You, Me and the Future of Governance in the World's Biggest DemocracyNational security. International relations. Economic growth. Reduction of poverty. Political stability. Political engagement. Public services. Private sector. Rights of the people. Corruption of their representatives. Faith based politics. Secularization. Majority politics. Coalition politics. Manipulation of voters. Promiscuous manifestos. Affirmative action. By some people, of not all people, and if recent history is anything to go by, then surely not always for the people. How political are you?
We are all political in one way or another. We have opinions and ideas about how to govern our own lives. We have our own personal manifestos. We surely care about our own safety and, to a large extent, the safety of our loved ones. We are concerned as much about accumulating wealth as we are about reducing the poverty of our families. We strive hard to bring stability to our relationships and engage in debate and deliberation with our friends and relatives. As much as we believe in ourselves, we still partner with others to reach our goals. Those who have worked or are working in offices will surely understand the complex milieu of human interactions that we call "office politics". So then, governance of a nation isn't all that different from governance of our own private lives. This is because most of us have a sense of direction, goals and motivations in some form or another. All this makes us natural politicians. Of course to be an elected member of a party, one must showcase certain qualities such as the ability to speak clearly in public; qualities that need not be shared by all of us. If we assume, however, that such special qualities are not that rare as to be deemed extraordinary or can be learned as part of a general all-round education, then we have to ask ourselves why most of us do not consider a life in politics of the nation or of nation building.Why do we shun a career in national politics? Why do we not care? The answer cannot be the lack of skills because it is the same set of skills we use to succeed in careers ranging from teaching to entrepreneurship, from media to corporate management. The skills of a leader, of a communicator, of a teacher, are those that can be replicated in any domain. So then we can have vision, we can be reflective, we can be communicative, we can have a sense of right and wrong, we can have a determination to challenge the status quo, we can be progressive in thought and in action, wecan be leaders. What else, if not this possibility, can explain the success and progress we have witnessed so far - the economic growth driven by the entrepreneurial spirit? For if these skills were a super-rarity, we would've struggled to make progress with our lives be it in any field.There may be more plausible reasons, than the lack of skills, that can explain our disinterest with politics over and above the personal level. One regularly cited reason is the corruption that is endemic to politics in particular and to governance and power in general. Lord Acton remarked: "Power tends to corrupt, and absolute power corrupts absolutely." Another reason for our general distaste for politics may be connected, in one way or another, to incentive structures when compared to alternative career choices. Students these days regularly check the average pay of graduates post graduation in a given subject before they take a decision. Then comparison will boil down to purely what one gets from a banking job relative to what one must make do with in a Government job - this discrepancy can be one of many reasons for corruption, taking us back to our first point. A third point that can shed some light on how we look at politics may be connected to the attitudes of the ever-growing middle-class in India, destined to become the most economically dynamic and powerful group of consumers in the world. The attitudes of such a significant and influential group will unexceptionably have a deep impact on the national zeitgeist. Let us consider some of these points.Can endemic corruption be an eternal deterrent to political participation? I argue that it cannot be. Since our point here is implicitly making a relative valuation between politics and private sector employment, then let us consider the level of corruption and unethical behavior outside of politics. Only then can we make a fair judgment. By now you must already have an idea where I'm getting to. The private sector is awash with corruption and unethical behavior; as much as in politics if not more. To use a few well known examples, consider the Enron scandal: boosted profits and hid debts totaling over $1 billion by improperly using off-the-books partnerships; manipulated the Texas power market; bribed foreign governments to win contracts abroad; manipulated California energy market. Related to the above scandal, consider the story of the well known accounting firm, Arthur Andersen: shredding documents related to audit client Enron after the SEC (Securities and Exchange Commission of America) launched an inquiry into Enron. On June 15th, 2002, Andersen was convicted of obstruction of justice for shredding documents related to its audit of Enron, resulting in the Enron scandal. Nancy Temple (Andersen Legal Dept.) and David Duncan (Lead Partner for the Enron account) were cited as the responsible managers in this scandal as they had given the order to shred relevant documents. Since the U.S. Securities and Exchange Commission does not allow convicted felons to audit public companies, the firm agreed to surrender its licenses and its right to practice before the SEC on August 31, 2002. This effectively ended the company's operations.The list can be very long if we take a closer look at practices of many well known brands. This, however, is not an argument against the idea of free enterprise or a reason to undermine the importance of business in society.Unethical behavior and greed can be traced to every corner of private enterprise whether it is software companies, pharmaceutical companies or in financial services. It must be stated that unethical behavior in the private sector takes place in spite of plum salaries and fat bonuses. Then it cannot be due to poor working environment or insufficient pay checks or lack of opportunities. It is clear that corruption and unethical behavior can and will continue in some form or another as long as we remain human. So then those who talk about political corruption are only telling half a story. But hey, the pay in private sector is much more than in public sector, so, what the hell! What does that tell us about our choices? If we decide to choose a higher paying job in private sector (based on the argument that corruption and dirty deals deter us from politics) that is as susceptible to corruption and unethical behavior as politics, then it is sanctimonious, philistine and disgraceful on our part to condemn corruption in one part of organized society and turn a blind eye in another part where the personal pay-offs to us might be greater. I suppose then it is difficult to make a person understand that corruption is obviously possible even outside of politics when his or her pay-check depends on not understanding it. Difficult but not impossible.The second point is about incentives. Is there an incentive to working in politics? What counts as incentives to you? There is no running away from the fact that there is a huge difference in income between working in politics and working in private sector. Is it possible to have another perspective on incentives? Let us take a quick look at some of the impact that good politics and good policies can have. India, as we speak, is thrusting ahead, breaking barriers, and looking to become the center of the world. Policies that were ignited 16 years ago is having clear impact now. We embarked on an economic reform in 1991 and since then we have transformed ourselves from an agrarian and closed economy to an open and a progressive one. The benefits have reached a broad constituency. Since 1985, India has lifted more than 100 million out of desperate poverty, both in urban centers and the hinterlands alike. We laid the foundation for broader economic growth in an environment that was more conducive to foreign investment so that we positioned ourselves to draw more wealth from services and industry. In the last four years, the average GDP has been 8.6% and the planners expect it to grow by an average of 9% through to 2012. India now boasts an impressive and vibrant private sector in automotive, IT, manufacturing and pharma. The stars of Indian industry are now capable of foreign acquisitions like Tata Steel's $11billon takeover of its Anglo-Dutch rival Corus. These are just a few examples of what right policies can do. Are these not incentives? The policies that are put in place have significant impact even on the health of the private sector. For free enterprise to thrive, it needs a supportive environment. That is the role of the government. The government is run by people's representatives.This is not saying that it is all done. India still faces significant challenges. A significant segment of the population is still deprived. There are challenges in power distribution, water supply, sustainable agriculture, and massive challenges in the provision of world class infrastructure such as proper roadways, railways, bridges, dams, airports, seaports and container terminals and much needed urban regeneration in overflowing cities such as Mumbai and Delhi. There are more challenges in dealing with "softer" infrastructure such as education in general and schools in particular, health care and hospitals. Discouraging infant mortality rates and alarming levels of illiteracy are just a few examples of gross shortfalls that we need to deal with quickly. To add to this, we need to maintain a thriving and vibrant labor market. To accomplish these goals, we need in place a series of socio-economic reforms guided by strong policies backed by stronger political will. The incentive structures here are different and yet can be much grander. In which other field can you expect to have the largest impact on the largest numbers? Much remains to be done about the exact running of the Government machinery, about the productivity and efficiency and its reputation and goodwill. It requires a different kind of reform within itself. This requires leadership and vision.Third point is about the attitudes of the burgeoning middle class. I suppose the issue about incentives too is, in many ways, part of our attitudes. The middle class in India is growing stronger and stronger economically but at the same time they are also becoming more apathetic towards politics. There was a time when the middle class played a crucial role in Indian politics leading to the eventual independence and the writing of the Indian constitution. Power in India was not always concentrated in traditional landed elites, but in the old middle class—educated, professional and, of course, from across various religions. Jawaharlal Nehru, India's first prime minister, represented this class. Although rich enough to have studied at Harrow and Cambridge, he did this on the money made by his lawyer father rather than revenue from inherited land. So did the deputy prime minister, Vallabhbhai Patel, from a mercantile community; successive presidents of India—Rajendra Prasad, Sarvepalli Radhakrishnan, Zakir Hussain (the first of three Muslim presidents)—were all middle-class intellectuals. Even the great BR Ambedkar, who rose from the poverty of a Dalit family to be the leading author of the Indian constitution, created a middle-class background for himself by becoming a lawyer. Their efforts have had direct impact on the lives of millions and set the scene for the rise of the modern Indian middle class. What we can now observe, however, is a growing distaste for political participation, whether be it voting or direct participation in party politics. It is obvious that many issues in hand such as micro credit, and the amount of money ploughed back into rural regeneration and agriculture need not touch a middle class nerve. How about the unpredictable supply of electricity? Urban infrastructure? Tax regimes and exchange rates? Politics influences policies which in turn have wide ranging impact across the whole spectrum of the society. Still the middle class is slowly backing out. Politics is now frowned upon and the rights are taken for granted. The general neglect comes from the surety of the middle class success; their belief in self-upliftment. Many do not acknowledge the services of the state and many do not even bother to form an opinion on the role of the government and this culture is fast spreading - people, especially the younger generation, are now, in general, politically apathetic.The $1-$5-a-day crowd still remains the most politically active segment and for obvious reasons. They know that it is their lives that are most likely to be impacted by the policies of their elected representatives. Decent schools, crime-free neighborhood, clean water supply, adequate health care and the supply of other basic amenities matter to this segment the most. These are areas where the government can and should intervene to bring about change and progress. After all, investment in health care in Tamil Nadu, education in Kerala, roads in Maharashtra, targeted agricultural relief in West Bengal have all helped the working poor, and political parties that have delivered have thrived over several electoral cycles.Political activity can have different faces with different colors. Voting is one thing but being voted for is another. The general indifference of the middle class to political participation does not spell good news down the line. We need the young, intelligent, and the educated to take more active role in national and domestic governance. The public governance arena must attract talent and to do so it must clearly distinguish between higher and lower performers. Public administration and politics should compete for talent with other sectors. Part of the this solution is in the hands of the current administrations and the other half is in the hands of the growing young middle class. Today, IT professionals tend to contribute to their corporate charity bag and thereby boosting corporate philanthropy. They believe this is a more reliable way to make a difference. It may indeed make a difference. However, philanthropy is no substitute for good and able public governance. To have a sustainable impact on the lives of people and the future of the country, we need visionary leadership willing to make hard choices and bring about the right policies that create an environment suitable and conducive to growth and prosperity. This cannot be achieved by merely contributing to corporate philanthropy.It is not hard, with a few minutes of reflection, to imagine the consequences of our indifference. Over the last many decades, one of the predominant characteristic of the Indian scene has been the continuing rise of communalism; the compartmentalization of identities; the drawing of new horizons of narrow cultural frontiers. This can probably be traced back to Indira's Emergency. We have come a long way in terms of economic progress since the License Raj. However, even now, we still see politics being played with communal cards; efforts to ghettoize different parts of the country. Election manifestos can conveniently avoid discussion of the more immediate social needs such as education and health care or stressing on reform initiatives in the agriculture sector. India has the world's largest school-age population. These are the children on whom we depend to drive innovation, productivity and development to ensure India's sustained progress. Only 60 per cent of Indians are literate which shows that the state governments, by and large, have done a poor job of providing quality education. Another issue that is central to the education debate is the supply of skilled and inspiring teachers. Teacher absenteeism and their basic qualifications remain a serious challenge to the development of a sound education system. To add to these issues, our education system is neck-deep in affirmative action; even recently, the number of reserved seats for medicine was increased leaving fewer places that can be awarded on merit to students who deserve it. Such decisions are driven, overwhelmingly, in fear of losing valuable votes of the so-called "marginalized". Clearly there are other ways to make sure higher participation in education and we need to base our system on merit. This is and will continue to remain an urgent issue to be resolved by courageous leadership. India accounts as the world's third largest HIV/AIDS infected population, infant mortality rates remain twice as high as that of China, clean water and sanitation remain out of reach more millions. Yet public spending on health care remains less than 1 per cent of GDP. The rural areas need to be educated not just on education and health care opportunities but also on how best they can utilize wastelands, for example, to cultivate it with crops such as eucalyptus trees and jatropha, which have global markets and can be grown economically on relatively unproductive land. It is clear that many of our "representative" parties have promiscuous agendas and, I hope, we can all agree that the tactic of purposefully creating schisms between different communities or between different levels of the economic order must stop.No, I do not intend to say that all politics today is a grim business. We do have intelligent and visionary leaders even now. However, coalition politics turns policy making into a tea-party where people sit around and make "polite" conversations; a situation where the Prime Minister has to think of the survival of his coalition rule before the basic needs of the people. More can and must be done in terms of educating the masses about the priorities, about the give and take of economic policy making. New political parties need to take shape whose agenda remain strictly secular, the idea and ethic on which India was born, and progress oriented, driven by a much younger, intelligent, energetic, reflective, passionate, optimistic and most importantly communicative bunch.Where is the oomph from the young middle class, which made all the difference in the past? We are the first to form complaints (remember your looks of disgust, your disparaging and inimical remarks, your it-is-so-much-better-wherever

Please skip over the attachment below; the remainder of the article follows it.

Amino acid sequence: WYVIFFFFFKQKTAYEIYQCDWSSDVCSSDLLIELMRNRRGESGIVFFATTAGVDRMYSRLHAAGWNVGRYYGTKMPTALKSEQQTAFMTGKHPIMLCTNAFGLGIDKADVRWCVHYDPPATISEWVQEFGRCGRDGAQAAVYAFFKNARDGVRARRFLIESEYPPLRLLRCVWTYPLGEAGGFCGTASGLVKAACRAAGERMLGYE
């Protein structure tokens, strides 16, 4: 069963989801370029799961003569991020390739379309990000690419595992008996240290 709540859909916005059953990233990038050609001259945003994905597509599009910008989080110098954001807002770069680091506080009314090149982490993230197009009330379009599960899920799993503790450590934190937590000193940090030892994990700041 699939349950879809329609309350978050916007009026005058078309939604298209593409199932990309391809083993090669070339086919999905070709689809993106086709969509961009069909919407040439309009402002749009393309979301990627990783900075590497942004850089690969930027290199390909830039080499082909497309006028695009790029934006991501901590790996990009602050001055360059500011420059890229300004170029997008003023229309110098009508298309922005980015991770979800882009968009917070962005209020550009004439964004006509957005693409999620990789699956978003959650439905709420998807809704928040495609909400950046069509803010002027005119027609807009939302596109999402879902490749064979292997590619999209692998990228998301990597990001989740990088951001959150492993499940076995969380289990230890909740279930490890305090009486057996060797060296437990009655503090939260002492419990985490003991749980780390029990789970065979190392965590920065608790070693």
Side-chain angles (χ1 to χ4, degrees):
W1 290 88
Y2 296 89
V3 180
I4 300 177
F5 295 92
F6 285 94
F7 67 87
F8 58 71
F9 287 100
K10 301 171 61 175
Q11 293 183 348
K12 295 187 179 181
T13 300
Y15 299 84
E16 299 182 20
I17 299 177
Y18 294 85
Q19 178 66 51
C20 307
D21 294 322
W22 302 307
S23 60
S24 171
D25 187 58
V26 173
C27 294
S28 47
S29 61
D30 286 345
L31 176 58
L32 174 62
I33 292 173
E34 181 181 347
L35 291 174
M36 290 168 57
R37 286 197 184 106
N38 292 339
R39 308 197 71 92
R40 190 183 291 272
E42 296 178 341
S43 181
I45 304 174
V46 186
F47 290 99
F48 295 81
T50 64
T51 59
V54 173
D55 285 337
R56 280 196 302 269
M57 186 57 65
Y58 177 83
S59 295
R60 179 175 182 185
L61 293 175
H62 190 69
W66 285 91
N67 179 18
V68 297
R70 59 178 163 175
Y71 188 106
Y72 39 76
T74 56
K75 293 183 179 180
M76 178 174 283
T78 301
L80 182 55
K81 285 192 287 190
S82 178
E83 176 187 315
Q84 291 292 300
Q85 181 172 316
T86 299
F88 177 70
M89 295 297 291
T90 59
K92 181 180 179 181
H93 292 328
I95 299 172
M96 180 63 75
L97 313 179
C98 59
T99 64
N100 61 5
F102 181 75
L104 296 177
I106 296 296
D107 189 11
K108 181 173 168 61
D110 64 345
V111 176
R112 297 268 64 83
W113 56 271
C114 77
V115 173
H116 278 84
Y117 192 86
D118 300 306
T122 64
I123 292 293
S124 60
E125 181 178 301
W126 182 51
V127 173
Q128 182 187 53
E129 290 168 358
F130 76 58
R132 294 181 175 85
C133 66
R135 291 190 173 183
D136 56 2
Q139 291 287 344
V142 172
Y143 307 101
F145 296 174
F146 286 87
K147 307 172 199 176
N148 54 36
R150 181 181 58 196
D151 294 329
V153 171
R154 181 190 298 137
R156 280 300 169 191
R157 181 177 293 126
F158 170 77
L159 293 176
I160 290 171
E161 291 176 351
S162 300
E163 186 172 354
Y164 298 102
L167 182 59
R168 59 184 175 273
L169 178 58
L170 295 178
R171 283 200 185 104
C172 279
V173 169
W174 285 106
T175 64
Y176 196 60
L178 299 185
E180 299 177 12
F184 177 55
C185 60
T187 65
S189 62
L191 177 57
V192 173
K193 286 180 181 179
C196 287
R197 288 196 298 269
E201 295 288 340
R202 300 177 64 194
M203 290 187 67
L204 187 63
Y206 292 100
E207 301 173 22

-else comments, your feeling of hopelessness - the flawed system; the brotherhood of shit and squalor) about the status quo but remain, shamefully, the least interested in resolving them. Progress will be followed by interregnum; possibly with morbid consequences for us all. The largest and the most dangerous pitfall lying ahead of us is this: adoption of a ghetto mentality where we scamper to get our nails into every pie of progress but remain, in many ways, exiled from of our nation. To forget that we belong to a larger community, to exclusively identify ourselves in straitjackets is, in my opinion, a voluntary self-expulsion from the diverse realities of the multitudes; multitudes that have been the defining characteristic of the very idea called India. It is time to redefine politics and the role of the government. You and I have a larger part to play in a participatory democracy. I am hopeful. Vive la Republique!